NEW YORK -- Megan Thee Stallion's schedule has become so frenetic that she can spend days, or even longer, away from home, in a different city every night. While the grueling schedule may wear down some, she's unbothered by it, and not because she's as strong as her name suggests.
“I won’t complain because I remember I used to be at home wishing I was leaving and going to do shows,” said Megan, who was named one of AP's 2019 Breakthrough Entertainers of the Year. “I'm just grateful for everything that happened this year, and the opportunities that a lot of people have given me.”
The rapper from Houston burst onto the music scene this year with her album, “Fever,” and instantly became a sensation. She racked up singles such as “Big Ole Freak,” “Cash (expletive)” with DaBaby, and her first No. 1 on Billboard’s Rhythmic Songs chart, “Hot Girl Summer." The song, featuring Nicki Minaj and Ty Dolla $ign, stemmed from a phrase Megan coined that became the hot phrase of the season.
Endorsements also blasted her way, including Coach, Puma and a management deal with the Jay-Z-founded Roc Nation. She also won an MTV Video Music Award, and just this month received the Powerhouse Award at Billboard's Women in Music Awards.
“Every day, they tell me, ‘Megan you’re doing a good job,’” the 24-year-old said, referring to her team. “I’m like ‘Thank you,’ but I gotta work harder. I know I’m not where I want to be at yet, so I’m still trying to grind.”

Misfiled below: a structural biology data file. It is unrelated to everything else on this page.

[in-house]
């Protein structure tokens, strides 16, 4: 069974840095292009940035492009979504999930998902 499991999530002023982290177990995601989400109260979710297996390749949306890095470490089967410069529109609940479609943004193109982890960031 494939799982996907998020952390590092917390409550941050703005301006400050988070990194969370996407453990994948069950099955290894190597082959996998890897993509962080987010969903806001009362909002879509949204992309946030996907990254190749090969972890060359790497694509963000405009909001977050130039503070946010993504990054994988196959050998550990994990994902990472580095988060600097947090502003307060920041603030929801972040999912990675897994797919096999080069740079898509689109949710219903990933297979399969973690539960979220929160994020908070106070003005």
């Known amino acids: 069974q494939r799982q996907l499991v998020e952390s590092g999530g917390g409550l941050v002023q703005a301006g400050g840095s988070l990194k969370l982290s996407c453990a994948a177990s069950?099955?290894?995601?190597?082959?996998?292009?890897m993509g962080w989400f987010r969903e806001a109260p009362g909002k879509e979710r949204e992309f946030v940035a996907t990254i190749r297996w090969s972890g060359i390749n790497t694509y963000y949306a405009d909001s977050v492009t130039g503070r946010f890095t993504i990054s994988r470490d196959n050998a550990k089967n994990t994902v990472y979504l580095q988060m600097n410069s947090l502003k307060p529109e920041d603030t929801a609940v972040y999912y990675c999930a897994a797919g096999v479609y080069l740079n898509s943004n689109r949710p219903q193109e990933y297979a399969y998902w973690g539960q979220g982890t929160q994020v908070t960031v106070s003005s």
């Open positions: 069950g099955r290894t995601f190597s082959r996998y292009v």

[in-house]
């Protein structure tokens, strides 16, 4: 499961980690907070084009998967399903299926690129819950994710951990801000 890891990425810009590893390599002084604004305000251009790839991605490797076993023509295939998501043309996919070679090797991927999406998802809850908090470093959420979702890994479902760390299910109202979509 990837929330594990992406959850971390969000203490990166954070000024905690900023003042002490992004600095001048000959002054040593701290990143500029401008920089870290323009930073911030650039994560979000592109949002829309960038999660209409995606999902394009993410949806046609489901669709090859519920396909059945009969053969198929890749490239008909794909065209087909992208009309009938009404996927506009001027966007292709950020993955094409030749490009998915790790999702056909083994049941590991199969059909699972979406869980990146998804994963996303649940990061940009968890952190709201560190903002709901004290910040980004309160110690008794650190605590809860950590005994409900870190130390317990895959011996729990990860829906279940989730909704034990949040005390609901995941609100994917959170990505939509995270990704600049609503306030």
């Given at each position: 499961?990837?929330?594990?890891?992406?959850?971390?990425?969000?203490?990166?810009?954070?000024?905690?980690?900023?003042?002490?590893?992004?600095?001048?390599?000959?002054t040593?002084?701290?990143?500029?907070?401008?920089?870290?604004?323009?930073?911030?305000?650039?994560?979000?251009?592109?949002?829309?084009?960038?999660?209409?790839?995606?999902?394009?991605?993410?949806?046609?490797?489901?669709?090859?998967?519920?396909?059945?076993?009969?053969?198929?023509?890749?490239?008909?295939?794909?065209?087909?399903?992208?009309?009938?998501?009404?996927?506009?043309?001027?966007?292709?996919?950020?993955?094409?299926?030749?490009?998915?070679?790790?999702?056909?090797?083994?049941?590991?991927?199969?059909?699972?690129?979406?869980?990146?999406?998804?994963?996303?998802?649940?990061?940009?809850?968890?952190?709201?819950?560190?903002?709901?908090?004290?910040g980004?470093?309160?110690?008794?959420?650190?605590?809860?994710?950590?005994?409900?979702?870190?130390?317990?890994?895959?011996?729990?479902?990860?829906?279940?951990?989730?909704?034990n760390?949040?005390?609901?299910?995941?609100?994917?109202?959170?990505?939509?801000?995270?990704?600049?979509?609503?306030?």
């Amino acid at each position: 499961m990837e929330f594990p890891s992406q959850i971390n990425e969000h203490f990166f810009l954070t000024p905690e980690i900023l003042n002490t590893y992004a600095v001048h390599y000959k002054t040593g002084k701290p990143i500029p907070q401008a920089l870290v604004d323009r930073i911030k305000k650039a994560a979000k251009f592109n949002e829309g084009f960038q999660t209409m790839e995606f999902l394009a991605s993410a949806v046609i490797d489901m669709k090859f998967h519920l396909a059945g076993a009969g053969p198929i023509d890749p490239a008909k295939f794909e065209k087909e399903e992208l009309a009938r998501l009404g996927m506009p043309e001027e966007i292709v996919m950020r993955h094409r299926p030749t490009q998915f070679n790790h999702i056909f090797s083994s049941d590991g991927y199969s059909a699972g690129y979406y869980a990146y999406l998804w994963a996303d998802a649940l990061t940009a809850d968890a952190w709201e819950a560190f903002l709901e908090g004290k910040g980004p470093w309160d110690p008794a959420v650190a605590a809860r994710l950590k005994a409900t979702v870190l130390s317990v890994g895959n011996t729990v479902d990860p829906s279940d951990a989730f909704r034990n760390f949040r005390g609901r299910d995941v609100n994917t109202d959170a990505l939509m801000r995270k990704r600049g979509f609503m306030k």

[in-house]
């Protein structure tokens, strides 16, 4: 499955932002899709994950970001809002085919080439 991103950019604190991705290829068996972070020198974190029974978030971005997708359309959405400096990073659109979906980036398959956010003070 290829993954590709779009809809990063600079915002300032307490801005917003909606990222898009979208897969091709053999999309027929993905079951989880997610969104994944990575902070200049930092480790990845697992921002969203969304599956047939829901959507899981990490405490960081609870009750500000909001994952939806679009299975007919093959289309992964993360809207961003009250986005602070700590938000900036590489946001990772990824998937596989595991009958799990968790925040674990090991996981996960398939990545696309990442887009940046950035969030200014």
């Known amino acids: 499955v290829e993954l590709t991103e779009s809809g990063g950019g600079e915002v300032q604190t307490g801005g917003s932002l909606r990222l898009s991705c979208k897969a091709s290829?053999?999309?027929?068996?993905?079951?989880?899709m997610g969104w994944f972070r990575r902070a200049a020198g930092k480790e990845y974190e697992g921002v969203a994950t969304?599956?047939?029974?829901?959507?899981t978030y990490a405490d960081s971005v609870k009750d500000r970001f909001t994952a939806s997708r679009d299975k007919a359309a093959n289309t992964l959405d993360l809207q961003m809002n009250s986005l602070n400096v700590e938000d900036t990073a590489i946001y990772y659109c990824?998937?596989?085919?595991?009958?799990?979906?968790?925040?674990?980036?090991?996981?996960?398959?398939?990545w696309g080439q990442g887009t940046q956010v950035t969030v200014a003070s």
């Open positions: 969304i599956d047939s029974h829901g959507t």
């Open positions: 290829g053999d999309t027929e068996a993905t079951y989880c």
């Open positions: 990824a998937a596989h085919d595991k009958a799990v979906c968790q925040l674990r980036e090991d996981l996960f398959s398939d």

The year of peaks was not without valleys, none lower than the loss of her mother in March. While she doesn't talk about that in detail, Megan acknowledged: “This year has definitely been super crazy: a lot of ups, some downs."
Some may consider her omission from the recent slate of Grammy nominees another disappointment, but Megan brushes it off.
“You're not rapping because you want to win a Grammy. You’re rapping because you want to rap,'' she said. ``I don't think you should have it in your mind when you’re in a studio like, ‘I'm going to write these bars because I'm going to win these Grammys.’ No! You’re writing these bars because you have a fan base.”
Focusing on awards or being No. 1 means ``you lose the love and the passion for what you even started doing this for,'' she said.
Currently enrolled at Houston’s Texas Southern, a historically black college and university, Megan also has married overt, unapologetic sex appeal with education, a combination rarely if ever seen in hip-hop. She’s put #HotGirlSummer on pause for #HotNerdFall and #HotGirlSemester.
“I really am kind of a little nerd, but I am very confident in myself and in my body,” she said, adding that she wasn't trying to be a role model. “This is my regular life. But I'm really happy that it is inspiring girls, and it is making people want to further their education.”
Megan Thee Stallion also signed on to star in the new season of NBC's “Good Girls,” and says she’d eventually like to write her own horror film. But her focus is on her debut album, which she says will go beyond the sexual imagery she’s known for.
“My album, the songs that I've been recording for it so far, have been way more soft than my usual music — a little soft in my opinion. It's been a little more vulnerable," she said. "I feel like that’s what my fans want to know at this point, so I’m giving y'all a little more insight on why I am the way I am.” ———
Follow AP entertainment journalist Gary Gerard Hamilton at twitter.com/GaryGHamilton ———
For more on AP’s 2019 class of Breakthrough Entertainers, please visit: https://apnews.com/APBreakthroughEntertainers